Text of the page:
Diplomacy kings and their emissaries to the contemporary practice of conducting foreign policy as a continuation of domestic politics through public speech-making and media manipulation. While late twentieth-century diplomacy is unique in many respects, some of its prominent features are inherited from past international systems. The most significant legacy from previous international systems are the norms that were codified in the Westphalian peace treaties ending the wars of religion in 1648 and which became the cardinal principles of statecraft—at least for Western Europe. No longer regarding their rivals as agents of the devil, the Protestant and Catholic monarchs, re-established the ancient imperial rituals of polite dialogue among governments, their high officials, and plenipotentiaries, even when threatening or engaging in war against one another. Most important, they pledged respect for state sovereignty and the principle of noninterference in one another’s domestic affairs. This structurally anarchic yet mutually respectful society of states prevailing in Western Europe from the last half of the seventeenth century to the last quarter of the eighteenth century is often referred to by diplomatic historians as the ‘classical’ system. The so-called Classical Balance of Power denotes the presumably self-equilibrating characteristic of the system, featuring short-term and shifting alliances through which states, big and small, preserved their sovereignty through balancing one another’s military power. The classical power-balancing diplomacy could work as long as the games of maneuver and alliance making could be played by elites who did not have to answer to the people within their jurisdictions. But as the countries of Europe (and America) evolved into nation–states in which major governmental undertakings required broad cooperation from their commercial, industrial, and intellectual classes, often in the form of parliamentary approval, the conditions allowing for flexible and shifting alliance commitments began to erode. Following the American and French Revolutions, war—now to be fought by citizen armies and industrially produced arsenals, rather than lightly armed mercenary troops—could no longer be credibly threatened or sustained without the consent of the governed. And such support would not be forthcoming unless the nation as a whole could be convinced that the country’s vital interests and way of life were at stake. Accordingly, as became evident in World War I, military hostilities once begun became more difficult to stop. War, previously regarded as an instrument of diplomacy, was becoming its antithesis, at least for the democracies. The democratic aversion to war’s disruptions of normal life was one of the reasons why Hitler and the Japanese militarists were able to bully the world as much as they did before a balance of power could be mobilized against them. The development and use of nuclear weapons at the end of World War II reinforced these trends. 3696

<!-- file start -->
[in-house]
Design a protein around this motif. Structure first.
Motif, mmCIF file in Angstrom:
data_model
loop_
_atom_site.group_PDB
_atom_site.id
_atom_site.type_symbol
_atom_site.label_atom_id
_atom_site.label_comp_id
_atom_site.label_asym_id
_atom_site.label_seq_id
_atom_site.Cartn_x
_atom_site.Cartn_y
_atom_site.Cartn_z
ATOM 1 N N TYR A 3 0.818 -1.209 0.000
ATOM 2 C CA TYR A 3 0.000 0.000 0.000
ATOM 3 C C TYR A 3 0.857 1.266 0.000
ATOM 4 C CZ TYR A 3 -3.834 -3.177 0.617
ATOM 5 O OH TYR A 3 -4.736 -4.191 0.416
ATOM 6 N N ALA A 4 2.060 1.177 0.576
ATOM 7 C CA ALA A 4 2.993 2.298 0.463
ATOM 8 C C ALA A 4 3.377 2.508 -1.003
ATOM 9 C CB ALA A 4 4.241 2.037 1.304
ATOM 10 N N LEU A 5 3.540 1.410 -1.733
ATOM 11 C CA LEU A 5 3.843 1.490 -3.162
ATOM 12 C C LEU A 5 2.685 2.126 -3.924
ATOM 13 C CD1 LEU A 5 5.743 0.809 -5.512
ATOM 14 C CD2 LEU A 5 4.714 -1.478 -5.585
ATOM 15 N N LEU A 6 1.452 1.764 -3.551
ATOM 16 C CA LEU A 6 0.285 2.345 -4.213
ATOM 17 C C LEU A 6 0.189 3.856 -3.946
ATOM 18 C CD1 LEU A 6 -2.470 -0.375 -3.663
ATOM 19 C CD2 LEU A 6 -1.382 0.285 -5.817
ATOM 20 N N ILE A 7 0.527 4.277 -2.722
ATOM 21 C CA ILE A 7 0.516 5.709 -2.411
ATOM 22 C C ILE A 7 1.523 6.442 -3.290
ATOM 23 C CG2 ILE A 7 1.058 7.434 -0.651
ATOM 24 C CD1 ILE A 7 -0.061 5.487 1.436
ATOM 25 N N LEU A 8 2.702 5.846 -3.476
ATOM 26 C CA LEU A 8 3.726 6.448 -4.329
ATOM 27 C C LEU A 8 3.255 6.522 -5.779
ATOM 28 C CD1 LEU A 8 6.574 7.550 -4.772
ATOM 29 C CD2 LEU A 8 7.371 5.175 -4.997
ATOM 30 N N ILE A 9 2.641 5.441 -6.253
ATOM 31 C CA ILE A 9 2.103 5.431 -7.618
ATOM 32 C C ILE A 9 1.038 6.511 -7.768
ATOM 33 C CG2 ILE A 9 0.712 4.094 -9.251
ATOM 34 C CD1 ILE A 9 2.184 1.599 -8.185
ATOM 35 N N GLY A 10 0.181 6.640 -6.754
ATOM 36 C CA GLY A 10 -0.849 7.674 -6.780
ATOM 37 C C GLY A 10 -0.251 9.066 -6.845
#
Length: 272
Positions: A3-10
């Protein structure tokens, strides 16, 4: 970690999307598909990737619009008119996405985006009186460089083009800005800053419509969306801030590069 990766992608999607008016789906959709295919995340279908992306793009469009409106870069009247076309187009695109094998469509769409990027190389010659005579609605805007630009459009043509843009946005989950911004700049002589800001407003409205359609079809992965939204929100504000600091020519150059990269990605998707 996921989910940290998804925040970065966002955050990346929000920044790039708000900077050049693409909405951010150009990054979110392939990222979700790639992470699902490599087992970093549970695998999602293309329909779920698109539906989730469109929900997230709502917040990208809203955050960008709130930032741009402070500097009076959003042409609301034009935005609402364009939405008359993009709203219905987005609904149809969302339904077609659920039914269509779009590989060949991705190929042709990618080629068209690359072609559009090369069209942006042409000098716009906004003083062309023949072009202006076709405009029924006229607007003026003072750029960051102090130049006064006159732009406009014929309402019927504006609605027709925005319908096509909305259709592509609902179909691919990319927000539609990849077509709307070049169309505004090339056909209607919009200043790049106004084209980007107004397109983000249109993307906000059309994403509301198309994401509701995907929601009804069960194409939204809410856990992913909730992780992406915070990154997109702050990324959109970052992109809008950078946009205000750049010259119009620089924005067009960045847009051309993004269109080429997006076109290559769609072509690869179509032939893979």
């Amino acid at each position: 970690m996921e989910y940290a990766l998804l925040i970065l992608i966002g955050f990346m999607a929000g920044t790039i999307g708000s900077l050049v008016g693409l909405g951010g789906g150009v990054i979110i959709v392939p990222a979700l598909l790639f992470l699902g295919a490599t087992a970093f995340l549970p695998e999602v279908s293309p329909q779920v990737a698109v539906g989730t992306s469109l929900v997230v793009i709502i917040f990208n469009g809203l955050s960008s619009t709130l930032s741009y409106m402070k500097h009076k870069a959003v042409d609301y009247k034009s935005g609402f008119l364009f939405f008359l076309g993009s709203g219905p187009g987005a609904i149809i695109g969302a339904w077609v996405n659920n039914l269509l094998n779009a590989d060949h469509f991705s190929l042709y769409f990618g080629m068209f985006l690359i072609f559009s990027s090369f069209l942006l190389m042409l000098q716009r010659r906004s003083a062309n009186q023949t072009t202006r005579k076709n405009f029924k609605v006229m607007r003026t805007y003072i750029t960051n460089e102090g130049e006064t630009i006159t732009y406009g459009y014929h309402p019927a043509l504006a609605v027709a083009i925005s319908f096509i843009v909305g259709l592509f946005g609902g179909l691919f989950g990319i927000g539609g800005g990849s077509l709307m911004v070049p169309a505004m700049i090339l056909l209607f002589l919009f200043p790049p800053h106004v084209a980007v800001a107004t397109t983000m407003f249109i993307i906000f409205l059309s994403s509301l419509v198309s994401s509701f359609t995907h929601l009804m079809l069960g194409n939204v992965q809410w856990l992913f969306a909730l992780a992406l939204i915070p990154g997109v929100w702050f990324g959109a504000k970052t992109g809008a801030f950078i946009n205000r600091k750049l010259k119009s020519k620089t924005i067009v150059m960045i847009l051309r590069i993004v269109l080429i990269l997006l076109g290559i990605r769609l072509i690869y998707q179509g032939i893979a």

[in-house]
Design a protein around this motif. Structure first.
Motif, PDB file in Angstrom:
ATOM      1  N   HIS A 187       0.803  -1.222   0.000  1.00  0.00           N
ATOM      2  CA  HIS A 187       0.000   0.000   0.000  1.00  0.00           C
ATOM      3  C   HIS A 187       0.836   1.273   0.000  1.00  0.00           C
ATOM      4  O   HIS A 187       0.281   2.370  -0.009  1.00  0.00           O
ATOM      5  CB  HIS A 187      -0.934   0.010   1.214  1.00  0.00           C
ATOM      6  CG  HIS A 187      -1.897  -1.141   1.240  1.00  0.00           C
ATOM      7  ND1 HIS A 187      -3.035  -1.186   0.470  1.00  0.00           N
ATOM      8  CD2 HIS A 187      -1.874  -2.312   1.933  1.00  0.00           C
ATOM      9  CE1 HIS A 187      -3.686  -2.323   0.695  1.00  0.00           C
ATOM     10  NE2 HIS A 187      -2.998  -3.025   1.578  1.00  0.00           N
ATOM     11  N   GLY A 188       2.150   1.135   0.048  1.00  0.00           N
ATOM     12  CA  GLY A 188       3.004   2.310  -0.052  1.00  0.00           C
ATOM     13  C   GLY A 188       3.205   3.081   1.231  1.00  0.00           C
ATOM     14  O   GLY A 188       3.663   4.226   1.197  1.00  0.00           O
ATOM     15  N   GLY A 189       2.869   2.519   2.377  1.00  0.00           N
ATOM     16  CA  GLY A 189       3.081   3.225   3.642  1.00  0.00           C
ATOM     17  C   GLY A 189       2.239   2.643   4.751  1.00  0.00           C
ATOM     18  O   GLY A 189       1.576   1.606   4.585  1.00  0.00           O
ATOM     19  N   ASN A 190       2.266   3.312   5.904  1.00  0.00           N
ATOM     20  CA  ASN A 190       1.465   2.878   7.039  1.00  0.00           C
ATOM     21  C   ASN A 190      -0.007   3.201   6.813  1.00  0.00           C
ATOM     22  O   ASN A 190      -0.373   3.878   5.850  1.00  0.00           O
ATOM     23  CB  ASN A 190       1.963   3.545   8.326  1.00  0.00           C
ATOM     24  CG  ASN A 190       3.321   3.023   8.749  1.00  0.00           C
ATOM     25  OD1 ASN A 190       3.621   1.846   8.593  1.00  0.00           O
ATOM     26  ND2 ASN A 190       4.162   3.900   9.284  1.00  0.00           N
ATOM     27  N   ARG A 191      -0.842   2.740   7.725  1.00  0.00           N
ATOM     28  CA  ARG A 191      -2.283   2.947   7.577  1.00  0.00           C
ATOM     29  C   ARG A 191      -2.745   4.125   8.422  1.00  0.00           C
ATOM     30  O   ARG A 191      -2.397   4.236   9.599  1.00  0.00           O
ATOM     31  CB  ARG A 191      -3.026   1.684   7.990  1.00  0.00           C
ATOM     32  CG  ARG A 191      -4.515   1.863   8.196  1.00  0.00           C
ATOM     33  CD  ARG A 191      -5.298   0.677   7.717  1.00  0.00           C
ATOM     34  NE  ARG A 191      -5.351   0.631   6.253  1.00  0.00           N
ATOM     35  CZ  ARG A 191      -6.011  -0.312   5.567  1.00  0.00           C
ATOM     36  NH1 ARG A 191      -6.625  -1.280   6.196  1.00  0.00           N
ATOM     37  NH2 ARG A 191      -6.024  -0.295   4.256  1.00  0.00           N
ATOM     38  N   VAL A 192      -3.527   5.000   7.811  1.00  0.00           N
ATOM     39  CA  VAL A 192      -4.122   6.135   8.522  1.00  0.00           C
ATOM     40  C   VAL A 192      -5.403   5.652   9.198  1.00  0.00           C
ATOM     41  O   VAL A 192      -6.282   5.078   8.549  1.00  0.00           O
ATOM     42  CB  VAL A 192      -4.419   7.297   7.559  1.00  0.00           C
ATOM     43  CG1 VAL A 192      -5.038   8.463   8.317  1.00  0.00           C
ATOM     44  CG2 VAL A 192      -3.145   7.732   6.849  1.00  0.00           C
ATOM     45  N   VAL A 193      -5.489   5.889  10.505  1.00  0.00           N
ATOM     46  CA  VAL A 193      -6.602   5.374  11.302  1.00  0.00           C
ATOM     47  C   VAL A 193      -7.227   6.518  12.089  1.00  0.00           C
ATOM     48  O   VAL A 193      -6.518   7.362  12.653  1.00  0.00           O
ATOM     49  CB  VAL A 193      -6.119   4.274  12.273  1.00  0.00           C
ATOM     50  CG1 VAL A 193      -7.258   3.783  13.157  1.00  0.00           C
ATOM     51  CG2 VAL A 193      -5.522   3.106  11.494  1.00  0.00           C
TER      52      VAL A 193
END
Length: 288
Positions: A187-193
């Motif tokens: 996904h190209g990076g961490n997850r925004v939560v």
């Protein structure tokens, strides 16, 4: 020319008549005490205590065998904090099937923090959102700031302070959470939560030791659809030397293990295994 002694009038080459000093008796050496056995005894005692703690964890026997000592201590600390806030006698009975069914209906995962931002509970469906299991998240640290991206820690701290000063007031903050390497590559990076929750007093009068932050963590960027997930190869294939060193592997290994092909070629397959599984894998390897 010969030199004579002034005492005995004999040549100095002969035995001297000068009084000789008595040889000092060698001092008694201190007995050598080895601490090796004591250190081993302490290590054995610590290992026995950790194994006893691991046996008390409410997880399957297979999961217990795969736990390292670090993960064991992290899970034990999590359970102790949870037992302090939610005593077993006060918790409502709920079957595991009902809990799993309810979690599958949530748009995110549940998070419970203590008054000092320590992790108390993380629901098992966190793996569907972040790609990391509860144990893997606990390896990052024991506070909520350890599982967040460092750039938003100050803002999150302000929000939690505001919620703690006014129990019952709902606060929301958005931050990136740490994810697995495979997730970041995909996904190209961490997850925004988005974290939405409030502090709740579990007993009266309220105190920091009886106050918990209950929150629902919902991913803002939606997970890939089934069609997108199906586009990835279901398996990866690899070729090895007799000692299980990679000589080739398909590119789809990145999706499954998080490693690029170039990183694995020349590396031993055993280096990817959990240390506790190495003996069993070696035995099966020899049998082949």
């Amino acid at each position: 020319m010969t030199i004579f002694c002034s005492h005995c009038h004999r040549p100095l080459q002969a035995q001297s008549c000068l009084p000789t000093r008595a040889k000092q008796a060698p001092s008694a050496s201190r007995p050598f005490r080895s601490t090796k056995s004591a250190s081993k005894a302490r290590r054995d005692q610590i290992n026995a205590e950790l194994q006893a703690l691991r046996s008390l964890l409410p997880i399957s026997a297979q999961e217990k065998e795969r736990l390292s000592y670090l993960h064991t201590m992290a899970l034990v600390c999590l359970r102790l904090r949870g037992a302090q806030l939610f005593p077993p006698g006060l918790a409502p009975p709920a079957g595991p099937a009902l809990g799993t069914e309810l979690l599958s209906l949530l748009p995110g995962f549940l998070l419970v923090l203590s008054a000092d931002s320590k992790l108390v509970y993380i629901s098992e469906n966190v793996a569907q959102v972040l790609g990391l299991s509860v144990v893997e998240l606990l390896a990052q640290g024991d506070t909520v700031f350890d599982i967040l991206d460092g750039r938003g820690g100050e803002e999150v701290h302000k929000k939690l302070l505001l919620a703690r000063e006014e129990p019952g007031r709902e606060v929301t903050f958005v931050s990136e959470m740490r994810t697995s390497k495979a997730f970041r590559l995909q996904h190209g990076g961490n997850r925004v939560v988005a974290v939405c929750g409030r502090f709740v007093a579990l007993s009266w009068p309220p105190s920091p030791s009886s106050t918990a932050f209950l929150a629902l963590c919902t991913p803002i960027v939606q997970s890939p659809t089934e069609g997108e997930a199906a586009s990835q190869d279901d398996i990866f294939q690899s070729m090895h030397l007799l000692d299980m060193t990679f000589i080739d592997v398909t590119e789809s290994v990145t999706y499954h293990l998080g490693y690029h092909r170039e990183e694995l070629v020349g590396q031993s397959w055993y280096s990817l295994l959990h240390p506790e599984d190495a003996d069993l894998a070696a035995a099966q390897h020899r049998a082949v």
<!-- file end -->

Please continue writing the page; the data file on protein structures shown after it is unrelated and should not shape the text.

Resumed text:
For many statespersons and citizens, the highest imperative of diplomacy has become to manage international conflicts without resorting to war. But for others, the threat or actual use of military force, even the new weapons of mass destruction, would continue to be an instrument of diplomacy. Moreover, the expanding and deepening interdependence of the world’s peoples has, paradoxically, moved the issue of military intervention to the top of the world’s diplomatic agendas.

2.2 The New Diplomacy The new diplomacy, generated by the events and forces since World War II that have transformed the world polity—the Cold War, decolonization and selfdetermination movements, the human rights ideology, terrorism, economic globalization, and threats to the planet’s ecologies—involves an expansion of the ends and means of foreign policy, and of the functions of international organizations. Political, economic, and environmental conditions in the majority of the world’s countries have become the world’s business. Accordingly, the new diplomacy features efforts by governments and nongovernmental actors to affect conditions within other countries, not only to adjust relations between countries. Guardians of traditional statecraft are concerned that the norms and structures that have sustained the ‘anarchical society’ of mutually respectful sovereign countries are being undermined by the new interventionist diplomacy. They worry that the new diplomacy is lending support, whether purposefully or inadvertently, to the forces subverting the capacity of governments to protect their national polities and cultures, and is giving license to unaccountable actors to impose their will on others. The anarchical international society is in danger of degenerating into an uncontrolled anarchy in which only the most aggressive thrive. Yet, realistically, there is no going back to the traditional Westphalian system, for the technology-driven mobility of people, things, and information that has been eroding the sovereignty of the territorially-defined nation state is irreversible. At the most, defenders of the authority and power of nation states can attempt to slow the process through protectionist economic measures to control access into their markets and through restrictions on immigration. National governments will still retain their role, into the foreseeable future, as the main authorities for assuring that people remain accountable to larger community standards for how they treat one another, and how they manage the natural environment. But, increasingly, the national government will need to share this role with supranational and subnational authorities. And these political entities, as they assume more responsibility for determining who gets what, when, and how in world